Another great story from Kendall Gibson, Wellington, NZ
My great-grandmother Hanna Christophersdatter had a little sister, Mathilde Caspara. Caspara was 15 when Hanna emigrated to New Zealand with her husband Nicolai Larsen. Caspara stayed in Norway and married Adolf Gjotterud in 1883. He was a farm labourer.
In 1906 Hanna set up a ‘Birthday Book’ which she used to record the names of her family back in Norway so her children in New Zealand would know who their relatives were. I don’t think Hanna ever met her niece (Caspara’s daughter), but Margit is recorded in the birthday book.
Hover mouse over picture to enlarge.
This is Margit’s story:
Margit Kathrine Gjotterud 1883 – 1961
1885 Census: In this census Caspara’s occupation was recorded as ‘vadskerkone’ or cleaning woman. Two children Margit and Christopher, were with her (but Adolf was not listed as living there). Later information tells us he worked as a seaman so he may have been at sea. A year later in July 1886 Caspara died of ‘scharletina’ (scarlet fever). She was 27. It could be that Adolf was away and didn’t find out that his wife had died until he returned to his home port? But however it happened Margit aged 3 and Chris 2 were fostered out (or adopted), probably by different families?
A cousin of our family and a descendant of Margit’s, recalls it was known in the family that Margit had been adopted and had had a very unhappy early life. It’s not known whether Margit had any contact with her brother Christopher or her father Adolf Gjotterud while she was growing up. (In 1890 Adolf married Elise Marie Andreasdatter and had 3 further children. He died in 1902 aged 42.)
1900 Census: Margit was 17 and working as a housemaid in Sarpsborg for a family called Falch. Johannes Falch was a ‘bager’ (baker). Around this time (early 1900’s) Margit, as many young women before and since, fell in love with a handsome soldier. Their relationship would not have been welcomed by either of their families as Carl August Svensson was a Swedish soldier stationed in Norway. Political tensions were high between Sweden and Norway at this time. They may have been unable to get permission to marry (from Carl’s parents or the church). Margit was 18 and not married when their first child Rudolf Helge was born
At this time the church in Sweden controlled family life. Not only keeping records of births, marriages and burials but also keeping household record books. Every family was visited regularly with the priest testing their literacy levels and religious knowledge and also recording how many times they had attended church.
Family history recounts that Margit was very badly treated by Carl’s family. The Svennson’s treatment of Margit may have been because she and Carl were unmarried and had a child ? Or because she was from Norway or because the church demanded it?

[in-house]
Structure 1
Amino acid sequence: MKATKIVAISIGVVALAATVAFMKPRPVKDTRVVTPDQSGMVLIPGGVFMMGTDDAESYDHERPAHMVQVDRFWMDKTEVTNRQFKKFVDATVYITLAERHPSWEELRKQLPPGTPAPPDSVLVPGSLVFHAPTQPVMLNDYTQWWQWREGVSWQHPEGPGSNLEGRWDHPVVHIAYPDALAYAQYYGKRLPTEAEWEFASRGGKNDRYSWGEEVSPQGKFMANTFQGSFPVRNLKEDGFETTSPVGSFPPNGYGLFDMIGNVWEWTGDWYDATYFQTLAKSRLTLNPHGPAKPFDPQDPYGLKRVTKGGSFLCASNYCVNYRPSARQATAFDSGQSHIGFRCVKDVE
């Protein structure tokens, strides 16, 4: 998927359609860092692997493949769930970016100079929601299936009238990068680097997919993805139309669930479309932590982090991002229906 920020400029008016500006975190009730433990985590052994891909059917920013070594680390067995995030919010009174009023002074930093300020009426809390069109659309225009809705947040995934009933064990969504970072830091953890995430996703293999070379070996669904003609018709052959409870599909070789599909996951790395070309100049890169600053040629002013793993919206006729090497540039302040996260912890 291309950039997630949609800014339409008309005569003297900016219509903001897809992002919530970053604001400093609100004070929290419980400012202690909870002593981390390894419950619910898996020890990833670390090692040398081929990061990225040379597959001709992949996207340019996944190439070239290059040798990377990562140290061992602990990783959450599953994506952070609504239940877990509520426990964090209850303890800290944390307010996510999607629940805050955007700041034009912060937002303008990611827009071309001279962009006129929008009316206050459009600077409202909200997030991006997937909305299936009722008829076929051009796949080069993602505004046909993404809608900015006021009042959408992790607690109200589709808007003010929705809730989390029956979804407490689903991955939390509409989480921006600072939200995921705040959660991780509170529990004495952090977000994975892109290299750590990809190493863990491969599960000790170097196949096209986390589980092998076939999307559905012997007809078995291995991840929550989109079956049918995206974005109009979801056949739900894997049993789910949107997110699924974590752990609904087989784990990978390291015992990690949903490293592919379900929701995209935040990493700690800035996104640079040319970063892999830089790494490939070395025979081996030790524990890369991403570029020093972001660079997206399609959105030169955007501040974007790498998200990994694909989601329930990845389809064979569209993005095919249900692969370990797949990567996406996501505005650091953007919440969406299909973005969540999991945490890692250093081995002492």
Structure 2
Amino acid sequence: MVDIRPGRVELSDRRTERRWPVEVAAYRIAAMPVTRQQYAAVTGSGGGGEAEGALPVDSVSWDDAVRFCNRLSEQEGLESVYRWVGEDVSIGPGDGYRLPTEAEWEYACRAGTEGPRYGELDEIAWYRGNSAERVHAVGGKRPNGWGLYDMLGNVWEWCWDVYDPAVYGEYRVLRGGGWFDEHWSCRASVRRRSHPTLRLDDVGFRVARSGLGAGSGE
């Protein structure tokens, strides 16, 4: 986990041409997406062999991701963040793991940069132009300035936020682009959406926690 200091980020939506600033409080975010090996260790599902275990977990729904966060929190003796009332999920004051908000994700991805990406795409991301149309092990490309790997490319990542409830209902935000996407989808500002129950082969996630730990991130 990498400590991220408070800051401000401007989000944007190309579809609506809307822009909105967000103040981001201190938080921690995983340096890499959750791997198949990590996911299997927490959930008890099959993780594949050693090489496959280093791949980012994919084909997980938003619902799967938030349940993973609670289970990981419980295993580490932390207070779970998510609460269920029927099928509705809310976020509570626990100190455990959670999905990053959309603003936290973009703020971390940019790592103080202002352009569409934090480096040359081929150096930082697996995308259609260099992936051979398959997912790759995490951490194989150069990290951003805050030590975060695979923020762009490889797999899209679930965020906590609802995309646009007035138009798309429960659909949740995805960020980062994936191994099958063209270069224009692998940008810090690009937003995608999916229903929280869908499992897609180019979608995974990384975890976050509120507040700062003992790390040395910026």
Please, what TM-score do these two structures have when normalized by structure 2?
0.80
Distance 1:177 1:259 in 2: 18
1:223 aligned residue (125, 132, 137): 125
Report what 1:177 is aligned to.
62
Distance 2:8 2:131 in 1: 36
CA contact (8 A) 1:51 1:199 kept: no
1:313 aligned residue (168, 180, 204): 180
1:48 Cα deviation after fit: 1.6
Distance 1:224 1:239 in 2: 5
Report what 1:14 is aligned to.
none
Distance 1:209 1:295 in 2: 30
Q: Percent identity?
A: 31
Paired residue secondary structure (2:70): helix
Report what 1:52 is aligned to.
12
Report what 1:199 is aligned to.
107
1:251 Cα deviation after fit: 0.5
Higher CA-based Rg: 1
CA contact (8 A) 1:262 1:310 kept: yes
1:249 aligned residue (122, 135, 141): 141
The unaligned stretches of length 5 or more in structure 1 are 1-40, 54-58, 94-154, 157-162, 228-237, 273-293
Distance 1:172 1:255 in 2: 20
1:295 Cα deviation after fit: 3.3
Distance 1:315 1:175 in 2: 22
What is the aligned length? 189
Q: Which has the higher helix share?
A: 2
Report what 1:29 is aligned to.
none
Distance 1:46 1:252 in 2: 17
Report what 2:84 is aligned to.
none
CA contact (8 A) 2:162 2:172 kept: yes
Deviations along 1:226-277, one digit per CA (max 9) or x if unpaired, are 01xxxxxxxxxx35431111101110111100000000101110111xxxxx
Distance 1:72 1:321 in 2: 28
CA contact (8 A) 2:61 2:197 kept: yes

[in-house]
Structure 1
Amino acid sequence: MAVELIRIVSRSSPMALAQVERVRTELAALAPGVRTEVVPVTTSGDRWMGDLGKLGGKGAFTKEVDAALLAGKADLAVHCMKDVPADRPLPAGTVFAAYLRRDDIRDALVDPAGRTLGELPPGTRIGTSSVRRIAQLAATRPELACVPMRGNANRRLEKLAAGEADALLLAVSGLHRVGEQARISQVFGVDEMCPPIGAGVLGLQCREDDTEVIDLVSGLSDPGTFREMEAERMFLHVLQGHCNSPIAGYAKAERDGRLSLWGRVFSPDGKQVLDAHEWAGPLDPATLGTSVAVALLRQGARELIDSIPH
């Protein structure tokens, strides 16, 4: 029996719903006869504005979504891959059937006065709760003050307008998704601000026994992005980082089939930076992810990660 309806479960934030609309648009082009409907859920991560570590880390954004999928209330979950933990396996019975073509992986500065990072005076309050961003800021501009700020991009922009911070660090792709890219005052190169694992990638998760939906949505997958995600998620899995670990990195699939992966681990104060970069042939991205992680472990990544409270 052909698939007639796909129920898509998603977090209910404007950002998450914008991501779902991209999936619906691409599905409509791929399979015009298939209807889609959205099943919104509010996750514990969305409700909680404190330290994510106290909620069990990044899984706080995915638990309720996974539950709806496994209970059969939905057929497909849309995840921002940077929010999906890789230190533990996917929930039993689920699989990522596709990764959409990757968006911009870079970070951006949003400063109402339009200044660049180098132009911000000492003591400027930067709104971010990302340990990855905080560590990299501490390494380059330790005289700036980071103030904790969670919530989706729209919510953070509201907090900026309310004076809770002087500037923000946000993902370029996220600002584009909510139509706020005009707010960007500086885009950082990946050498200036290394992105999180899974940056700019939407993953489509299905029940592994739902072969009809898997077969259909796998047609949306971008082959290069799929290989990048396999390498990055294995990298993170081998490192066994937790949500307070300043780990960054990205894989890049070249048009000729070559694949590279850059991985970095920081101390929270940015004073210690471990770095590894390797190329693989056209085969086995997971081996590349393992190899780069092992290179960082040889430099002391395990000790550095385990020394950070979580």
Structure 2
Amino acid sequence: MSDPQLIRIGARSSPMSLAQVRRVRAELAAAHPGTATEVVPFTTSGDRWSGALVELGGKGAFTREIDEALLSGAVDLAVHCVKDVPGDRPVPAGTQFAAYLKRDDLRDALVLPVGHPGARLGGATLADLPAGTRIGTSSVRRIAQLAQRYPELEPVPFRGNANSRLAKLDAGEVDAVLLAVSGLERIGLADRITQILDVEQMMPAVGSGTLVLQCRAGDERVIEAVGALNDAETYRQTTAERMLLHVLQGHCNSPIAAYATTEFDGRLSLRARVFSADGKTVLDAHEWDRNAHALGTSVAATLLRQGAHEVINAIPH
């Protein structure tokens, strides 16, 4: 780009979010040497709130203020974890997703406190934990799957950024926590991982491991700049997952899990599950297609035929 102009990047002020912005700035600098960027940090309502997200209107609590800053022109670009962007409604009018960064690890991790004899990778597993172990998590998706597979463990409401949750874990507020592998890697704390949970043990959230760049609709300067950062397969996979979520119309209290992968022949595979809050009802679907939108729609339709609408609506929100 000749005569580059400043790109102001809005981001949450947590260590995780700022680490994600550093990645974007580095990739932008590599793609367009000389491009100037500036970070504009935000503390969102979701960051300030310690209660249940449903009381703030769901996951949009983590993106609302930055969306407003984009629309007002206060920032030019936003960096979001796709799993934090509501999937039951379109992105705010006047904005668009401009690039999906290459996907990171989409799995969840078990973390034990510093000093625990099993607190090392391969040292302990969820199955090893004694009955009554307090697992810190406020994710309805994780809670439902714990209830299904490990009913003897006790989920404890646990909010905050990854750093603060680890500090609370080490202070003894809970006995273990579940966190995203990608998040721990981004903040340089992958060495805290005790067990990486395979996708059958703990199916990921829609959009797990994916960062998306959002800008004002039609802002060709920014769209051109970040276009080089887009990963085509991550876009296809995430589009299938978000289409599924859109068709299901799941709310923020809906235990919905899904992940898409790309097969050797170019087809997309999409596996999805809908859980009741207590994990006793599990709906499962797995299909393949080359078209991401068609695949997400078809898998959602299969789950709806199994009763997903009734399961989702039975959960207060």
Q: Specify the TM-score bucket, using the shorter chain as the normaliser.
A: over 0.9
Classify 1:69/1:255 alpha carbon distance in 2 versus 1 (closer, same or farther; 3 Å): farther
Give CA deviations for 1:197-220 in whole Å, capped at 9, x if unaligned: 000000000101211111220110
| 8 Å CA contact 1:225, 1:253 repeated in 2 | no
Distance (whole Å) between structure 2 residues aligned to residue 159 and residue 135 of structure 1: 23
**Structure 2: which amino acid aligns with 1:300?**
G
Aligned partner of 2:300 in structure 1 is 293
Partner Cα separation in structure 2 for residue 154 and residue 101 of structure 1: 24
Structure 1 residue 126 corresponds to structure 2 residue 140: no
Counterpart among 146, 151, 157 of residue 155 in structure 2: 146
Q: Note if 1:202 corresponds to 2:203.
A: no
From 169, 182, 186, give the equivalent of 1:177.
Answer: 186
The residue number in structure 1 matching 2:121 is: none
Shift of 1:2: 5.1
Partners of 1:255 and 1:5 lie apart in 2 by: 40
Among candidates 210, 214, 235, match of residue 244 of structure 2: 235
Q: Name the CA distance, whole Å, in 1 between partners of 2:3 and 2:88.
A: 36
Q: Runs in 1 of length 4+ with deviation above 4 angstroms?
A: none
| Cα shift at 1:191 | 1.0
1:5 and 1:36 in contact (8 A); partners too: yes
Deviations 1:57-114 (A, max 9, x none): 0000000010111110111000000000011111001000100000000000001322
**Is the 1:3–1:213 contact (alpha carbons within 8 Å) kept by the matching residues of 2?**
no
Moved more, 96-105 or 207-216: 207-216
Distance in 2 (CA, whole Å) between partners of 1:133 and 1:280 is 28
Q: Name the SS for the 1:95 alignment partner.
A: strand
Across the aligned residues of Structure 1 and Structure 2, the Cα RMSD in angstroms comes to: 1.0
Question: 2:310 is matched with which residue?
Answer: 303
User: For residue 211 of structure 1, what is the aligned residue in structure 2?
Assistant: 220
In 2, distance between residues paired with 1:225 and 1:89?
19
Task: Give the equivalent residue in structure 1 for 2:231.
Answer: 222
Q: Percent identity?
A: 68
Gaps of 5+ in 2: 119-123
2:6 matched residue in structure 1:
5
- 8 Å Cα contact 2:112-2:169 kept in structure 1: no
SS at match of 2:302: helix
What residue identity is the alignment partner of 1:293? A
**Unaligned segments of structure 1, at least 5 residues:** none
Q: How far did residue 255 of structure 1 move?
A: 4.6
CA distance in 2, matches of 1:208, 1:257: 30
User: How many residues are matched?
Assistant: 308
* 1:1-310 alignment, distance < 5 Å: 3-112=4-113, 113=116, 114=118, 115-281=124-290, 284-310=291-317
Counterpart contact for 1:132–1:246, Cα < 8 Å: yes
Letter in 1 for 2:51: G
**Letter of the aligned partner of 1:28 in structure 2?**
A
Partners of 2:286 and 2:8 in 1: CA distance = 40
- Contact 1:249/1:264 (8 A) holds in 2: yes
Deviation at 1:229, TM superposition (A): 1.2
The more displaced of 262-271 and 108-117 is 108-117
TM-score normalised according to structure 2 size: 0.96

A distant cousin in the USA and a descendent of Margit’s sent me their family story-
‘Initially, Carl and Margit were living in Norway at the town of Sarpsborg. They must have been very poor because my grandmother (Gudrun) remembered as a very small child going down to the river to wash their clothes. Then they moved in with Karl’s family in Sweden. He left her there and went over to America to try to find work. When he left, his family kicked Margit and the children out of the house and made them live in the wood shed. (She was NORWEGIAN and they were ashamed and angered that their son had married a Norwegian.) Margit was pregnant and they refused to have anything to do with her. When the time for the baby came due, they would not get a doctor and the baby died. You can see why she wanted to get away. Karl came back, then went back one more time to get enough money. He sent the money to Margit and in 1907 she loaded up on the ship with 3 children. When she arrived at Ellis Island she found out that she had to have $10 or she would be regarded as indigent and sent back to Sweden. Fortunately, Mrs. Nelson, who was in line ahead of her slipped her $10 so she was accepted. I don’t know how she and Karl actually got back together. He might have been waiting at the Island for her or he might have been in Chicago. I have no accounts about that.’
In August 1907 Margit and the 3 children boarded the ‘Oscar II’ sailing from Christiania to New York. The passenger list offers a few clues – Margit stated that Sarpsborg was her home town and that all three children were born in Norway (not Sweden)? Margit also had to provide the name and address of her nearest relative in Norway. It’s very difficult to read what the ship’s clerk (probably an English speaker) has recorded. But it’s clear that Margit has given the name of a ‘Brother Mr C Jodelelued?’ followed by an address in Christiania. It’s likely then that Margit had kept in touch with her brother Christopher Gjotterud. I do hope so.
A happy ending.
On settling in America Carl and Margit anglicised their name from ‘Svensson’ to ‘Swanson.’ They had three more children. The Swanson family prospered in America and there are now many descendants of this family.
I think Margit truly qualifies as a ‘strong woman’ in our family history.
If you have a story you would like to share, I am happy to publish it here on my blog.